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Thinking about doing a PhD?


considering research 1

Things to consider

Should you study for a PhD? Undertaking a research degree demands a significant amount of commitment and there are lots of things to think about before applying. Below are a few key things you should consider before submitting your research proposal.

1. Can I commit the time required?

Studying full-time normally requires a minimum of three years to complete a PhD. Part-time study normally requires a minimum of five years to complete a PhD but a student will have more flexibility for other commitments.

A full-time student is expected to reach the standard for PhD within three years of registration, with a maximum of four years permitted.  A part-time student is expected to reach the standard for PhD within four years of registration, with a maximum of seven years permitted.

You are expected to fully engage with your research project and with the University’s broader research community.  Expectations therefore include:

  • Attendance at supervisory meetings, and compliance with University requirements for recording the outcomes of these meetings;
  • Attendance on and successful completion of the Pg Certificate in Research Practice;
  • Regular and frequent attendance which allows engagement with and contribution to the local, faculty and wider institutional research community. This should be as agreed with your Director of Studies and in line with your mode of study - it is expected that a Full-Time research student will dedicate around 35-37 hours per week to their study, and a Part-Time (including distance learning) research student will dedicate around 15-18 hours per week.
  • Participation in other research events within and outside of the University (e.g. seminars/conferences etc.).

2. Am I passionate about my project and its outcomes?

A research degree requires you to be able to study independently, with advice and support from your supervisory team, other professional services and peers. You will, therefore, need a high degree of self-motivation to sustain your studies and successfully complete your programme.

3. Costs and funding

Funding is sometimes available in the form of Research Studentships. These are provided by UK Research Councils who will provide payment of course fees and a living allowance or stipend (which is usually). Government Agencies in many countries may sometimes provide funding to study for a PhD outside of the home country.

The University also supports a very limited number of PhD studentships each year, either allocated to the University by the Research Councils or r industry, charities and other sources as well as our own resources. However, for funding for research studentships is much greater than supply, so you should not rely on being able to find funding for your study.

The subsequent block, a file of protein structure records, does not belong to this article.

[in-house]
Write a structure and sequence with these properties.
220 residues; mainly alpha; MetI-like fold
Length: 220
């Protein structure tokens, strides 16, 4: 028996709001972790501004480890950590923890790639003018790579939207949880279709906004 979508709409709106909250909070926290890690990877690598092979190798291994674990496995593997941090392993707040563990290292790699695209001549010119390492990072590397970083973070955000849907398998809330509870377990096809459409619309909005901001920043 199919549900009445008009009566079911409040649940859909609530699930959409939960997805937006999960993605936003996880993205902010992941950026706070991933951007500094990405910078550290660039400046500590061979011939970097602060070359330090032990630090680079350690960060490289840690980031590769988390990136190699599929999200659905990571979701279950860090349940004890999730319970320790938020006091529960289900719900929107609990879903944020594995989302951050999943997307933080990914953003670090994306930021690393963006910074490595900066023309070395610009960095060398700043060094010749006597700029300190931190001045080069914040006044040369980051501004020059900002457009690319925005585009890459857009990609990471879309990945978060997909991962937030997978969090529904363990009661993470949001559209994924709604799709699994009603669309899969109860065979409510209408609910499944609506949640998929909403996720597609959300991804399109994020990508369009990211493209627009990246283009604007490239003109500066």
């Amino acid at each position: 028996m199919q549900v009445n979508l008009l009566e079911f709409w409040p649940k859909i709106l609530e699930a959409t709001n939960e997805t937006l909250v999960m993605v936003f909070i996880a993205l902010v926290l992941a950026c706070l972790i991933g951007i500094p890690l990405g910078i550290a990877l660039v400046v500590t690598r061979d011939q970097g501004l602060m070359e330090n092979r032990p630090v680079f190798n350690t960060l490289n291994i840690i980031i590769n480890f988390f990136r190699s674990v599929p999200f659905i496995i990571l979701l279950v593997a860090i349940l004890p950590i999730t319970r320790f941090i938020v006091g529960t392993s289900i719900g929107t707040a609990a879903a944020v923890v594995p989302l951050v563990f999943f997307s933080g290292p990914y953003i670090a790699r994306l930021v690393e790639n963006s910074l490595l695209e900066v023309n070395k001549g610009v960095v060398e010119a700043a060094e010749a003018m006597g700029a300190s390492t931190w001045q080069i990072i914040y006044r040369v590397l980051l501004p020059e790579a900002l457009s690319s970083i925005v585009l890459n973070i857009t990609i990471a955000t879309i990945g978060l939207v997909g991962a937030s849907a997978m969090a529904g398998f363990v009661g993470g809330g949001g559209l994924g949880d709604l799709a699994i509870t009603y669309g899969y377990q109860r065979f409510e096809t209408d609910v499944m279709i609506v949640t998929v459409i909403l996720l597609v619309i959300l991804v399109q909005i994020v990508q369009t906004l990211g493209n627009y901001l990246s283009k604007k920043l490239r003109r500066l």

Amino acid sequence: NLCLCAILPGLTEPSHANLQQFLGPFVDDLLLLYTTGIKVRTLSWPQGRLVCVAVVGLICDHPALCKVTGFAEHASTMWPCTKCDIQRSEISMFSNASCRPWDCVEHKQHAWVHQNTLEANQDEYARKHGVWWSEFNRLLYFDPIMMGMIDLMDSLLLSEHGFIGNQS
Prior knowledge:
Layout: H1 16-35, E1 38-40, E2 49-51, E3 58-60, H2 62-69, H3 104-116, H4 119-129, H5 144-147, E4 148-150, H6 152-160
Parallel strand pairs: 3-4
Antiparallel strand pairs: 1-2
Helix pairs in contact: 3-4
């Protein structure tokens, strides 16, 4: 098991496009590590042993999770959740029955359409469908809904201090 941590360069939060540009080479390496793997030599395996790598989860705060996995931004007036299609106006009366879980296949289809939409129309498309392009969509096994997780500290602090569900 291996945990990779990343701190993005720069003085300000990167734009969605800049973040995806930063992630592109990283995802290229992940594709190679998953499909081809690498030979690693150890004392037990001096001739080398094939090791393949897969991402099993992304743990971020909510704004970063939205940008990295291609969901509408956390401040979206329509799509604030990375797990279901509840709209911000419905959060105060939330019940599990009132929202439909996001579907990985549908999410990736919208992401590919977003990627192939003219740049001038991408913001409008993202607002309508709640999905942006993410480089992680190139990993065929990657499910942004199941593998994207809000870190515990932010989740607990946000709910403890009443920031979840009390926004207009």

The government offers Doctoral Loans of up to £25,000 to be used across the lifetime of your course. View more details and eligibility here.

4. How can I study for a research degree?

The quickest and easiest way to undertake a research degree is by full-time study, but we recognise that circumstances are different and we encourage part-time study for research degrees. For outside the UK, it is also possible to study for a research degree by distance learning. In this case, you must commit to spending a minimum of six weeks per year at the University and you will also need to identify a supervisor at a university in your country of residence who can provide local supervision for you.

5. The application process

Below is an indicative schedule for applications, admissions and enrolment for research degree students.

Deadline

Intake

September

February

Final date for submission of online research degree application/receipt of research degree applications by faculties.

End May

End Oct

Final date for requests to make research degree offers (interviews will take place before offers).

End June

End Nov

Final date for acceptance of from applicants.*

End July

End Dec

*At the point of (using the Interview/Registration the faculty will indicate whether it is proposed that the student will start in the forthcoming September, February or May which will inform the offer issued by Academic Registry.

For more information on the application process, visit our guidance page. 

6. Study Visa Requirements

If you are a national of a country outside the EU/EEA, you will need a study visa to undertake a research degree. There will be no change to the rights and status of EU citizens living in the UK until 2021.

For certain subject areas, particularly Engineering, ICT and Health, you will also need to obtain higher level clearance from the UK Home Office through the Academic Technology Approval Scheme (ATAS).

Please note that the ATAS certificates are specific to the course and the teaching institution. Applicants who have a number of offers and have yet to make a decision should file an ATAS clearance certificate application for each course/programme of study and institution.

Also, you will require a valid Academic IELTS certificate with a minimum overall score of 6.5 with no band below 6.0 or an equivalent qualification.

You will need to evidence that you have enough funds to support yourself and pay for your course - the amount will vary depending on your circumstances.

7. Find out more from current postgraduate researchers 

Our PhD blog is full of stories from our current postgraduate researchers covering all aspects of life as a PhD student. You can also chat to current researchers at our Open Days or read more stories on our blog.

Read more stories on our blog